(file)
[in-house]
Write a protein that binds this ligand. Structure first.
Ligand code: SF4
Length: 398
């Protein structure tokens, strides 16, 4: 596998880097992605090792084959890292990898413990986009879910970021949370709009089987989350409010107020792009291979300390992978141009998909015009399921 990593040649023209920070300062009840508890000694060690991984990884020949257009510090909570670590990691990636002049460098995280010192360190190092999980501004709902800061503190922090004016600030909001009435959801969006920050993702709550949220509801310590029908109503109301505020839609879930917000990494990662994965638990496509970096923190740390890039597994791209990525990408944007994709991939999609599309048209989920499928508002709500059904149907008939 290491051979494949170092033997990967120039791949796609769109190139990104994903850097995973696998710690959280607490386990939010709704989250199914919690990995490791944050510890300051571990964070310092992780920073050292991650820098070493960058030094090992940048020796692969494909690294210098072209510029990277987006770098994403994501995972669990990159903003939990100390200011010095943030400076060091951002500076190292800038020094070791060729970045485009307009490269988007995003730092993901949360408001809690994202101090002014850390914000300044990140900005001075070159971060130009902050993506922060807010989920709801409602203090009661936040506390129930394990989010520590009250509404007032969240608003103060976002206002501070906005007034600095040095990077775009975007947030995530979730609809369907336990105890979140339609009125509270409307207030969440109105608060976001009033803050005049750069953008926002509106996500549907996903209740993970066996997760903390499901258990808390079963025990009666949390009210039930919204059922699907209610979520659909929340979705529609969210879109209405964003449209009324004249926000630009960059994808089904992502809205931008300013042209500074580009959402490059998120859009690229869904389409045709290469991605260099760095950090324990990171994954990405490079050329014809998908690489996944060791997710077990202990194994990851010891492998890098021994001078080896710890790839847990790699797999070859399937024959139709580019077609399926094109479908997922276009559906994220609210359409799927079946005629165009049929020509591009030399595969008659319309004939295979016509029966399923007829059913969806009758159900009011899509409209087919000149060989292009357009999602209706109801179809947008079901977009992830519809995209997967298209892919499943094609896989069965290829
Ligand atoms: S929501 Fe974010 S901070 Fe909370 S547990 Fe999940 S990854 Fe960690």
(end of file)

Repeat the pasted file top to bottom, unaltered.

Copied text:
[in-house]
Write a protein that binds this ligand. Structure first.
Ligand code: SF4
Length: 398
């Protein structure tokens, strides 16, 4: 596998880097992605090792084959890292990898413990986009879910970021949370709009089987989350409010107020792009291979300390992978141009998909015009399921 990593040649023209920070300062009840508890000694060690991984990884020949257009510090909570670590990691990636002049460098995280010192360190190092999980501004709902800061503190922090004016600030909001009435959801969006920050993702709550949220509801310590029908109503109301505020839609879930917000990494990662994965638990496509970096923190740390890039597994791209990525990408944007994709991939999609599309048209989920499928508002709500059904149907008939 290491051979494949170092033997990967120039791949796609769109190139990104994903850097995973696998710690959280607490386990939010709704989250199914919690990995490791944050510890300051571990964070310092992780920073050292991650820098070493960058030094090992940048020796692969494909690294210098072209510029990277987006770098994403994501995972669990990159903003939990100390200011010095943030400076060091951002500076190292800038020094070791060729970045485009307009490269988007995003730092993901949360408001809690994202101090002014850390914000300044990140900005001075070159971060130009902050993506922060807010989920709801409602203090009661936040506390129930394990989010520590009250509404007032969240608003103060976002206002501070906005007034600095040095990077775009975007947030995530979730609809369907336990105890979140339609009125509270409307207030969440109105608060976001009033803050005049750069953008926002509106996500549907996903209740993970066996997760903390499901258990808390079963025990009666949390009210039930919204059922699907209610979520659909929340979705529609969210879109209405964003449209009324004249926000630009960059994808089904992502809205931008300013042209500074580009959402490059998120859009690229869904389409045709290469991605260099760095950090324990990171994954990405490079050329014809998908690489996944060791997710077990202990194994990851010891492998890098021994001078080896710890790839847990790699797999070859399937024959139709580019077609399926094109479908997922276009559906994220609210359409799927079946005629165009049929020509591009030399595969008659319309004939295979016509029966399923007829059913969806009758159900009011899509409209087919000149060989292009357009999602209706109801179809947008079901977009992830519809995209997967298209892919499943094609896989069965290829
Ligand atoms: S929501 Fe974010 S901070 Fe909370 S547990 Fe999940 S990854 Fe960690």